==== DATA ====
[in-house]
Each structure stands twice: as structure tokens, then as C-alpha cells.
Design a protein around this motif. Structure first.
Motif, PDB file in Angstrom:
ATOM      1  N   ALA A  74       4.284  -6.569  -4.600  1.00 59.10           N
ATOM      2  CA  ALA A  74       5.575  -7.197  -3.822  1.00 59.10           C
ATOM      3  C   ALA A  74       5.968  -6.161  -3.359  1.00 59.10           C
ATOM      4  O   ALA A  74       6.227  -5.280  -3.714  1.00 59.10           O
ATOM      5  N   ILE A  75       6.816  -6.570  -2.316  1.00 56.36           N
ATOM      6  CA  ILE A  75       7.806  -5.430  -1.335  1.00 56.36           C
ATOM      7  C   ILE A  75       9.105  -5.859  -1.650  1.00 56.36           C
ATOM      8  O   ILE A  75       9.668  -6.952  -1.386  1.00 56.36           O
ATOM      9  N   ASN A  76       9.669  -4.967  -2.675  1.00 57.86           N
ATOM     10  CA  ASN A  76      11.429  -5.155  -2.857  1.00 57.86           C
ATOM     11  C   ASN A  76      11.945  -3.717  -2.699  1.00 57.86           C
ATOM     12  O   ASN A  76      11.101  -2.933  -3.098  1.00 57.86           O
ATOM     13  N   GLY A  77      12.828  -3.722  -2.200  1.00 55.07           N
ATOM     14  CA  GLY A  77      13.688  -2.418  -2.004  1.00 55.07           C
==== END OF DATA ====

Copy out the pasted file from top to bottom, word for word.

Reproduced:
[in-house]
Each structure stands twice: as structure tokens, then as C-alpha cells.
Design a protein around this motif. Structure first.
Motif, PDB file in Angstrom:
ATOM      1  N   ALA A  74       4.284  -6.569  -4.600  1.00 59.10           N
ATOM      2  CA  ALA A  74       5.575  -7.197  -3.822  1.00 59.10           C
ATOM      3  C   ALA A  74       5.968  -6.161  -3.359  1.00 59.10           C
ATOM      4  O   ALA A  74       6.227  -5.280  -3.714  1.00 59.10           O
ATOM      5  N   ILE A  75       6.816  -6.570  -2.316  1.00 56.36           N
ATOM      6  CA  ILE A  75       7.806  -5.430  -1.335  1.00 56.36           C
ATOM      7  C   ILE A  75       9.105  -5.859  -1.650  1.00 56.36           C
ATOM      8  O   ILE A  75       9.668  -6.952  -1.386  1.00 56.36           O
ATOM      9  N   ASN A  76       9.669  -4.967  -2.675  1.00 57.86           N
ATOM     10  CA  ASN A  76      11.429  -5.155  -2.857  1.00 57.86           C
ATOM     11  C   ASN A  76      11.945  -3.717  -2.699  1.00 57.86           C
ATOM     12  O   ASN A  76      11.101  -2.933  -3.098  1.00 57.86           O
ATOM     13  N   GLY A  77      12.828  -3.722  -2.200  1.00 55.07           N
ATOM     14  CA  GLY A  77      13.688  -2.418  -2.004  1.00 55.07           C